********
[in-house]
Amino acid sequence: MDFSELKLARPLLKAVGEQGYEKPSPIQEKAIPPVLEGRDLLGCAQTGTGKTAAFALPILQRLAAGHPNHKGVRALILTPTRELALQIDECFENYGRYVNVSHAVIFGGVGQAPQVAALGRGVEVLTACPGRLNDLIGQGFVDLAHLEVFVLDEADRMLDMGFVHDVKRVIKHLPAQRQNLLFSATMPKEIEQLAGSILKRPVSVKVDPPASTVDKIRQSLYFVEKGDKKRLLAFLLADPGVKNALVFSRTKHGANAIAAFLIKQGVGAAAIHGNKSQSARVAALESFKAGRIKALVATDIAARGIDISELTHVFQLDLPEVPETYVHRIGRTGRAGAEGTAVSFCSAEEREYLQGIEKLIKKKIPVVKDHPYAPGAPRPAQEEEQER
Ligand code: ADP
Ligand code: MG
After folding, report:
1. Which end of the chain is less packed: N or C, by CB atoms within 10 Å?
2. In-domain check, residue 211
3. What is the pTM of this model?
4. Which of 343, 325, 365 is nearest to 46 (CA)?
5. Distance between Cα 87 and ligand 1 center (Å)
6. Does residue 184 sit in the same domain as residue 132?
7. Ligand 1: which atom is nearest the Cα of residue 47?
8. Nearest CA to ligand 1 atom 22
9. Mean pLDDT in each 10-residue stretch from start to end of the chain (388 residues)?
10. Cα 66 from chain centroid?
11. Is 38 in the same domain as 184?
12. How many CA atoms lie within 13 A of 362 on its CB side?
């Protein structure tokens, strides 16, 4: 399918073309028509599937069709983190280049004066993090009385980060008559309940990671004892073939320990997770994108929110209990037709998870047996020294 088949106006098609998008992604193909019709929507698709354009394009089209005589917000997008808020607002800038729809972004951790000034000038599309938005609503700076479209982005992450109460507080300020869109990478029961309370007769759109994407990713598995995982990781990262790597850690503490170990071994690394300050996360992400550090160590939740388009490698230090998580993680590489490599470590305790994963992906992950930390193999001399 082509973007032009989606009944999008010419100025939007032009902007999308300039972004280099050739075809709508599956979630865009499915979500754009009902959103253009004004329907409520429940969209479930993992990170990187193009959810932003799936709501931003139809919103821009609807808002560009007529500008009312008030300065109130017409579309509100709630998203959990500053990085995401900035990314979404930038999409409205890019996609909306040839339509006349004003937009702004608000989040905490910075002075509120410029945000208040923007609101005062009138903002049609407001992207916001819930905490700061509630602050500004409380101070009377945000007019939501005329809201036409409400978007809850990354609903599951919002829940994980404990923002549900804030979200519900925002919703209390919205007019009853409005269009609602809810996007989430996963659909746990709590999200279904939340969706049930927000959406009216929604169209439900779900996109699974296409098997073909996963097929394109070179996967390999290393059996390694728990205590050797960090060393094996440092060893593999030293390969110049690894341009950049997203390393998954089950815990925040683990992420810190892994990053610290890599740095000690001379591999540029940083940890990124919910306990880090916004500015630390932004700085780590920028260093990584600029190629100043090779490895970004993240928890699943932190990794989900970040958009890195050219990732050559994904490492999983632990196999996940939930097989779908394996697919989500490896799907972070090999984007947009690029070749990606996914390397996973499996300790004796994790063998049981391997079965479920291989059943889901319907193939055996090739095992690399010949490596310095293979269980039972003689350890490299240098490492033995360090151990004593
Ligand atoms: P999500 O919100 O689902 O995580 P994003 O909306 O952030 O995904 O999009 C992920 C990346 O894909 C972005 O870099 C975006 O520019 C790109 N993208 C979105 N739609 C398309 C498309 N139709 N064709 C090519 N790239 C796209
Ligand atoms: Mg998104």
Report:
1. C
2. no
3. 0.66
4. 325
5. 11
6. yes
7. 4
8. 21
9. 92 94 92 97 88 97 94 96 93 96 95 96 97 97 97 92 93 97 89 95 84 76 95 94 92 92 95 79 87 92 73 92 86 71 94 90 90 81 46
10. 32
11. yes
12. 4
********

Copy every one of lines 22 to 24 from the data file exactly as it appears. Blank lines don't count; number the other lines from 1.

1. C
2. no
3. 0.66